Printers have become an integral part of our lives, whether it be at home or in the office. They have come a long way since their invention, and one of the earliest types of printers that were used is the line printer. In this article, we will explore what a line printer is, its types, how it works, and its applications.
What is a line printer and its types?
A line printer is a type of computer printer that prints one line of text or characters at a time. These printers are known for their high speed and durability, making them an ideal choice for large-scale printing jobs. There are two types of line printers:
Impact line printer – This type of printer works by striking a ribbon with a series of hammers, each of which has a character on it. The ribbon is then pressed against the paper, leaving an imprint of the character.
Non-impact line printer – This type of printer works by using a laser or inkjet technology to print characters onto the paper.
When was the printer invented, and who invented the line printer?
Fritz Karl Preikschat was a German inventor who submitted five patents for his invention of a teleprinter with seven print wires for a 7×5 dot matrix between 1952 and 1954. This invention improved the printing speed and accuracy of teleprinters, which were widely used at the time for sending and receiving messages via telegraph or telephone lines.
The teleprinter with a 7×5 dot matrix used a set of seven print wires that could be individually activated to create dot matrix patterns on a sheet of paper. This allowed for the printing of alphanumeric characters, symbols, and other graphics, and improved the legibility and quality of printed messages.
Preikschat’s invention was an important contribution to the development of teleprinters, which played a critical role in the evolution of modern telecommunications. Today, teleprinters have largely been replaced by digital messaging systems, but they remain an important part of the history of information technology.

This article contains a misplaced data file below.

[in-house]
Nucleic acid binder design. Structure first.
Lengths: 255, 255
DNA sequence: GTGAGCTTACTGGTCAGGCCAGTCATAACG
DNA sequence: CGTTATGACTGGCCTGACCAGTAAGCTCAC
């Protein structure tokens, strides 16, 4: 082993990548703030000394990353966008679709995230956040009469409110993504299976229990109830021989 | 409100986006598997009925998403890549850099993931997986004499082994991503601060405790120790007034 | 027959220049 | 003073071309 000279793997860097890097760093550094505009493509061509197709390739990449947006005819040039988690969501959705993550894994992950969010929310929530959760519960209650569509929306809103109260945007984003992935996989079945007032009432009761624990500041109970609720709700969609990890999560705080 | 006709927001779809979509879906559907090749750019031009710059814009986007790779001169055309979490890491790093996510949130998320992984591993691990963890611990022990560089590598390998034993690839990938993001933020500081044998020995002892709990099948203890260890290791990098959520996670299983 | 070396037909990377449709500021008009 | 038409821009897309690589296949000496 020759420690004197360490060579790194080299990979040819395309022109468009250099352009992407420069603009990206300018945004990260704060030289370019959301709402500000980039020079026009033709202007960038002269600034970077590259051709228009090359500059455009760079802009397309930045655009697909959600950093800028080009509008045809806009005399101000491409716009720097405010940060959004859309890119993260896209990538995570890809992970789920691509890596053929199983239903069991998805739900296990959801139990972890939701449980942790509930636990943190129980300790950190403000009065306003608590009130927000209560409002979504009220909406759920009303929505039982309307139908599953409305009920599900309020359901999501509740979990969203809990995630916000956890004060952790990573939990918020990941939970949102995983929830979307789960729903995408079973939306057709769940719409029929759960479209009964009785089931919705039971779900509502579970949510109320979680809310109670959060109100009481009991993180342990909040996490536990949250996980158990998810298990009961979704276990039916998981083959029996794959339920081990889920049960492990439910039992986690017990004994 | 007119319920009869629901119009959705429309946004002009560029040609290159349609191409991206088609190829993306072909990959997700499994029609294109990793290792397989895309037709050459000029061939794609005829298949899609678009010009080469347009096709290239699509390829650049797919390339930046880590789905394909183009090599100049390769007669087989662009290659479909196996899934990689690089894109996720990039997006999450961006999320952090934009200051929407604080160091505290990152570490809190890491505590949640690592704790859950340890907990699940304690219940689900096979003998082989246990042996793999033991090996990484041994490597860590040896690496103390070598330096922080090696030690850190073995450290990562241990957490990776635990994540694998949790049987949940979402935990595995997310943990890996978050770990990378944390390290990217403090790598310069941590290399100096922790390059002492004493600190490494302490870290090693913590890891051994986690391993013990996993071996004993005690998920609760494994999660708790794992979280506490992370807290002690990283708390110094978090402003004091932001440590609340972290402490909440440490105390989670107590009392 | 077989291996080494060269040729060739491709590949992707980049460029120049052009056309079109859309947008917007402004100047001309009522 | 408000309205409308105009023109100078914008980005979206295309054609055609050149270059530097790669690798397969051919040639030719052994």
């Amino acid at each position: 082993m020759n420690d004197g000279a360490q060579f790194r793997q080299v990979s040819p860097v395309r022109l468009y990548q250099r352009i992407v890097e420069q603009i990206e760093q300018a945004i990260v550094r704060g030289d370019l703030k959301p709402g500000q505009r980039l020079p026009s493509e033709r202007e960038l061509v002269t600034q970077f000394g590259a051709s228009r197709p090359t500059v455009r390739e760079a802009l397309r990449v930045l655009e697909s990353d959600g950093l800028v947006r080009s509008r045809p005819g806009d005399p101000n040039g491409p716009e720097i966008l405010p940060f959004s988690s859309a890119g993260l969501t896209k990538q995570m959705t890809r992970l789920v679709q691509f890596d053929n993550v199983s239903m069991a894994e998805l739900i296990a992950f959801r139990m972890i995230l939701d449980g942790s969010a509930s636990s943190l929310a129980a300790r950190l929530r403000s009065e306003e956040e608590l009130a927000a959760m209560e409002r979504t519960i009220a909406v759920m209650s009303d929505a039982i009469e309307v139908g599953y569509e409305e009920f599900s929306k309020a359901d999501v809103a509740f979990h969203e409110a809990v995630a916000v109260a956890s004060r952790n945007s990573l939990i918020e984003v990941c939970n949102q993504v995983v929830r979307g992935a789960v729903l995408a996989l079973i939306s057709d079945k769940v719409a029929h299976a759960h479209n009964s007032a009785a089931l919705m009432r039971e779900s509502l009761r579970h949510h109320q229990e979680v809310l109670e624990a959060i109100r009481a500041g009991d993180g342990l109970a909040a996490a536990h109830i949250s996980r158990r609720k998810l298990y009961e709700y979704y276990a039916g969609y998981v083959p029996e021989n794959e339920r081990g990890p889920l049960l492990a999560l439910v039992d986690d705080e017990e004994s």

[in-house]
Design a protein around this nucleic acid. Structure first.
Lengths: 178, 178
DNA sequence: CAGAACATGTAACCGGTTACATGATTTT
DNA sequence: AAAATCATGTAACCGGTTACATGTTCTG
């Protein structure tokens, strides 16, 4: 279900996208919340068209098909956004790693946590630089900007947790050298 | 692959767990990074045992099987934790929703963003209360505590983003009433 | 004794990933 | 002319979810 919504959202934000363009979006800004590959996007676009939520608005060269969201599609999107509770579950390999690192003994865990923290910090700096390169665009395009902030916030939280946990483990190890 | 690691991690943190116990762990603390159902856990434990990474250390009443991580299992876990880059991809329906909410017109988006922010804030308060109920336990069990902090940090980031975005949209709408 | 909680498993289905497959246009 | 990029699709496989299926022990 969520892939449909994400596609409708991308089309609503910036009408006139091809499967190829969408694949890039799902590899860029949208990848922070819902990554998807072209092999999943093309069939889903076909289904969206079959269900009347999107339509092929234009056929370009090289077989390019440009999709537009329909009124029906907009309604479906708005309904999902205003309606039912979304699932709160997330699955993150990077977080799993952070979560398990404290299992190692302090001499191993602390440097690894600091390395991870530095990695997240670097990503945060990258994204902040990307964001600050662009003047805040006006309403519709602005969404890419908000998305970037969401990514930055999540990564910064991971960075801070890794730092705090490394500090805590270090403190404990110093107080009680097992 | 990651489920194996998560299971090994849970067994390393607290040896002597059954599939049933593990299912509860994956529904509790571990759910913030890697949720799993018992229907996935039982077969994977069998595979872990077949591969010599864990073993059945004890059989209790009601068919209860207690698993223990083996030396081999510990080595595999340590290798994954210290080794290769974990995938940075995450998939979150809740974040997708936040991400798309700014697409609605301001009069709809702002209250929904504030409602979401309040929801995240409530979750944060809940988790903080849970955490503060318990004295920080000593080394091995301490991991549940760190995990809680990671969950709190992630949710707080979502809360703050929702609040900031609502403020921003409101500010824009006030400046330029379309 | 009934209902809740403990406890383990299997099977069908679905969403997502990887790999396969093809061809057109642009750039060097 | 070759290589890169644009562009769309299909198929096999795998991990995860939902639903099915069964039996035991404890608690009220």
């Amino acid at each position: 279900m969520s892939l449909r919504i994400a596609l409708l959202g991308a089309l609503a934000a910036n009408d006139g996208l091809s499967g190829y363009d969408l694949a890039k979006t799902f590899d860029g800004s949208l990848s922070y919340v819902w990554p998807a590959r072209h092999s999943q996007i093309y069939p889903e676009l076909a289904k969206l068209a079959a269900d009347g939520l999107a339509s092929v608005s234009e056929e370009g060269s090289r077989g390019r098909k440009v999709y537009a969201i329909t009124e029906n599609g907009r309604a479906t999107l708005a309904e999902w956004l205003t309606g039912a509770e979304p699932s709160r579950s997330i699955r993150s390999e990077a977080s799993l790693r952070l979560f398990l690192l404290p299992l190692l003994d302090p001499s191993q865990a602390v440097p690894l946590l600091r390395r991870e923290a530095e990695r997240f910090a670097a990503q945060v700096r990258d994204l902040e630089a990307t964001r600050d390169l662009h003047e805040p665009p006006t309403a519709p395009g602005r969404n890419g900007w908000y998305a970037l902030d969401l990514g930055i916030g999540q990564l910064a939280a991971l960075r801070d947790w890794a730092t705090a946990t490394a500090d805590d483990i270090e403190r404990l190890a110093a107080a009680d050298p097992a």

The first printer was invented in 1953 by Remington Rand, which used a type of typewriter technology to print characters onto paper. However, the line printer was invented in 1925 by Robert R. Seeber.
Who uses line printers, and what are they used for?
Line printers were widely used in the early days of computing, especially in large businesses and government agencies. They were used for printing reports, invoices, and other large-scale documents. Today, they are still used in some industries where high-speed and high-volume printing is required, such as in the printing of utility bills, bank statements, and payroll checks.
What are the types of line printers?
As mentioned earlier, there are two types of line printers: impact and non-impact. The impact line printers are further classified into drum printers, chain printers, and band printers. Drum printers use a rotating drum with characters on it, while chain printers use a chain of characters. Band printers use a band of characters that rotates around a set of print hammers. Non-impact line printers are classified into laser printers, LED printers, and inkjet printers.
How does a line printer work?
The working mechanism of a line printer depends on its type. In an impact line printer, the print hammers strike the ribbon, which transfers ink onto the paper. The paper is then advanced to the next line, and the process is repeated until the entire page is printed. In a non-impact line printer, ink or toner is transferred onto the paper using a laser or inkjet technology.
Why do printers print with lines?
Printers print with lines because it allows for higher speed printing. By printing one line at a time, line printers can print at a much faster rate than printers that print character by character. This makes them ideal for large-scale printing jobs where speed and efficiency are critical.
Line printers have come a long way since their invention in 1925. Although they are no longer as widely used as they once were, they still have a place in industries where high-speed and high-volume printing is required. The different types of line printers available today, such as impact and non-impact line printers, offer various advantages and disadvantages depending on the application. As technology continues to advance, it will be interesting to see how line printers evolve and adapt to new challenges.